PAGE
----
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Giving Societies

Randolph College has a number of giving societies that recognize the dedicated donors who support the College at all levels of giving. The most popular being the Conway Bell society, which for over 100 years, has been a symbol of communication, history, honor, unity, and tradition to Randolph-Macon Woman’s College alumnae. Today, it continues to ring for Randolph College students and to summon all to support our College.

The Conway Society recognizes alumnae, parents, and friends who make leadership gifts of $1,000 or more to the College. On a special day, those donors are recognized by ringing the Conway Bell in their honor. We invite you to join this community of donors. Your commitment strengthens the financial position of the College, allowing us to achieve our primary mission – to provide a stellar academic experience in the liberal arts and sciences for young women and men at Randolph College.

The Conway Society recognizes alumnae, parents, and friends of Randolph College who make total gifts of $1,000 or more annually, and it honors those whose cumulative lifetime giving totals $100,000 or more. Younger alumnae are recognized for annual gifts of $100 to $999.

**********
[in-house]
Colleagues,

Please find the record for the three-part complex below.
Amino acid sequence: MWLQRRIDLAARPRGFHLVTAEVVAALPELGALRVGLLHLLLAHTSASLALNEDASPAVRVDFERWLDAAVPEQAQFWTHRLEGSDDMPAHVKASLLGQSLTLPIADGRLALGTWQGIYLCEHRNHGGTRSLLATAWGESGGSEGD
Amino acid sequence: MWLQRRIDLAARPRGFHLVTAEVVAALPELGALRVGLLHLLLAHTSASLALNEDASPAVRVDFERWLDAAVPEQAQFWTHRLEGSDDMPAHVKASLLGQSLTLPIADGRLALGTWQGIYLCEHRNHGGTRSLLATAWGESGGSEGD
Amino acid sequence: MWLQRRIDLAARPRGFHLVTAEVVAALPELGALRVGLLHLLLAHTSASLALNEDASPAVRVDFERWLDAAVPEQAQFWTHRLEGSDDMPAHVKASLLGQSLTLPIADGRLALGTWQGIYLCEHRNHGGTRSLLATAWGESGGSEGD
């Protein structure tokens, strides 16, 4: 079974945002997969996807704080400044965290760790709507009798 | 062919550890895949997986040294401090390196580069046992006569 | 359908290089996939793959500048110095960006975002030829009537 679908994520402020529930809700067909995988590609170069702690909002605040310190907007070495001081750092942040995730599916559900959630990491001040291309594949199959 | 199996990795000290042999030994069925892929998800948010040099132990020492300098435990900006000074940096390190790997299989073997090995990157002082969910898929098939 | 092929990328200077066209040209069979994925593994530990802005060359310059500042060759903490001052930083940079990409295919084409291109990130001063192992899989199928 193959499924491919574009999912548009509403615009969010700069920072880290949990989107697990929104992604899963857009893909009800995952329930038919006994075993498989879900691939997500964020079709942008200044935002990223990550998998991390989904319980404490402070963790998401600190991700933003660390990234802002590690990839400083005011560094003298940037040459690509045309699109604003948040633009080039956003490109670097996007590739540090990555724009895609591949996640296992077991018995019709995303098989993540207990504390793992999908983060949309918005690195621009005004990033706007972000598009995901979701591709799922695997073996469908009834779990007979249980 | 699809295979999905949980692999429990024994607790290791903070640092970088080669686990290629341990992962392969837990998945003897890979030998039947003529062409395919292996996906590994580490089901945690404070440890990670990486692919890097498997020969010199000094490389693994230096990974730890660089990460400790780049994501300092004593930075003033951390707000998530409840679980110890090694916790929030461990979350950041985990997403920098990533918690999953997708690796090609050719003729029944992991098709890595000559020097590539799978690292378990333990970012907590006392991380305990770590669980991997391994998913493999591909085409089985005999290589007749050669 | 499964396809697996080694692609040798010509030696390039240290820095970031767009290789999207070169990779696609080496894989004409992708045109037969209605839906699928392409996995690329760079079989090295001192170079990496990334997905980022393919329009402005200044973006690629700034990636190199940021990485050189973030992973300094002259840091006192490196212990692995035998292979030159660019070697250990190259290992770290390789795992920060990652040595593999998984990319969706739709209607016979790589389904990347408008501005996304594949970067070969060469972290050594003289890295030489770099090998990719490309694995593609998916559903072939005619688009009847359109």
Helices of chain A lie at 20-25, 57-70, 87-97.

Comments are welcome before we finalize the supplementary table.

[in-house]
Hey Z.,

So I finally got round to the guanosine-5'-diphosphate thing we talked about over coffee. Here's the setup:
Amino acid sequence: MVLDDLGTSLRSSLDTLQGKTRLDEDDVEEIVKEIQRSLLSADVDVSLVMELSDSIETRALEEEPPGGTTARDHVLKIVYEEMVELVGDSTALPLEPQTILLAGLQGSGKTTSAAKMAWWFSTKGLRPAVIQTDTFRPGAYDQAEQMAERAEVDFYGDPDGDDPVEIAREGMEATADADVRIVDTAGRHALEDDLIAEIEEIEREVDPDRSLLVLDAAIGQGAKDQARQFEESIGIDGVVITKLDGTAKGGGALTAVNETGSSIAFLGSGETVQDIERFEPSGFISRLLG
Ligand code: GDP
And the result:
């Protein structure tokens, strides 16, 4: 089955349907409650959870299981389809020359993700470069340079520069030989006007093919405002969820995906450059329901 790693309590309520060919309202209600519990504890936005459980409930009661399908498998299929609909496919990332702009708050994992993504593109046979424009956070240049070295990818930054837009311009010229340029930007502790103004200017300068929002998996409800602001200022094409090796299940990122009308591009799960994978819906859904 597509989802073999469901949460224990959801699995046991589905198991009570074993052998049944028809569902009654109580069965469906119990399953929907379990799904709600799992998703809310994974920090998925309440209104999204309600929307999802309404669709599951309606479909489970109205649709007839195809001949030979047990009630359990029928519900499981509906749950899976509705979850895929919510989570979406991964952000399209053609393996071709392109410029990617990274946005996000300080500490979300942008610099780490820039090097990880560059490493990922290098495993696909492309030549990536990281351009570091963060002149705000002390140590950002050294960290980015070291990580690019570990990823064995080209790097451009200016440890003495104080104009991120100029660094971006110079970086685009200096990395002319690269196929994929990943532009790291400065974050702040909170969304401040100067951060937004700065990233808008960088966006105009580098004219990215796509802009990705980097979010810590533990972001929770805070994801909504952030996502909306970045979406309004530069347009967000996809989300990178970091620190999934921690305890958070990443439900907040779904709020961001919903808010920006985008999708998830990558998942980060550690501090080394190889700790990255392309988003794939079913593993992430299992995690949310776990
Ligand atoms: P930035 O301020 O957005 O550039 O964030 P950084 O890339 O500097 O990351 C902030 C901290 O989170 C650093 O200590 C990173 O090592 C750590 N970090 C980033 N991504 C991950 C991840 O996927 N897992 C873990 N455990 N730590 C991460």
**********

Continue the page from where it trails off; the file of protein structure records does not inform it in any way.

Annual Giving Societies

Chilhowie – $50,000 and above

The distinctive Chilhowie bricks in the restored front campus walk were made at a brick plant, opened in 1890, in Chilhowie, Virginia and were therefore probably installed early in the College’s history. They were hand-made from the same southwest Virginia clay that early settlers used to make pottery. The production of Chilhowie brick tapered off by 1910 due to industrial innovations and a decline in clay resources. There are at least 24 known brick patterns, Randolph’s being one of the most common. Chilhowie brick was used throughout Virginia from Bristol to Norfolk and sightings have been reported as far away as London and Paris.

Wisteria – $25,000 – $49,999

In the first decade of the College’s history, landscaping of the campus was steadily improved and beautified with the planting of maples along the main driveway, dogwoods on the eastern slope of front campus, and magnolias flanking Main Hall. Twining shrubs of lavender wisteria that frame the entrance of Main Hall were planted in 1899 and quickly became a sentimental icon, even depicted in the flower-bordered College china pattern used for decades in the dining halls and now collectors’ items. The wisteria’s showy color and fragrance welcomes all spring visitors to campus.

The Dell – $10,000 – $24,999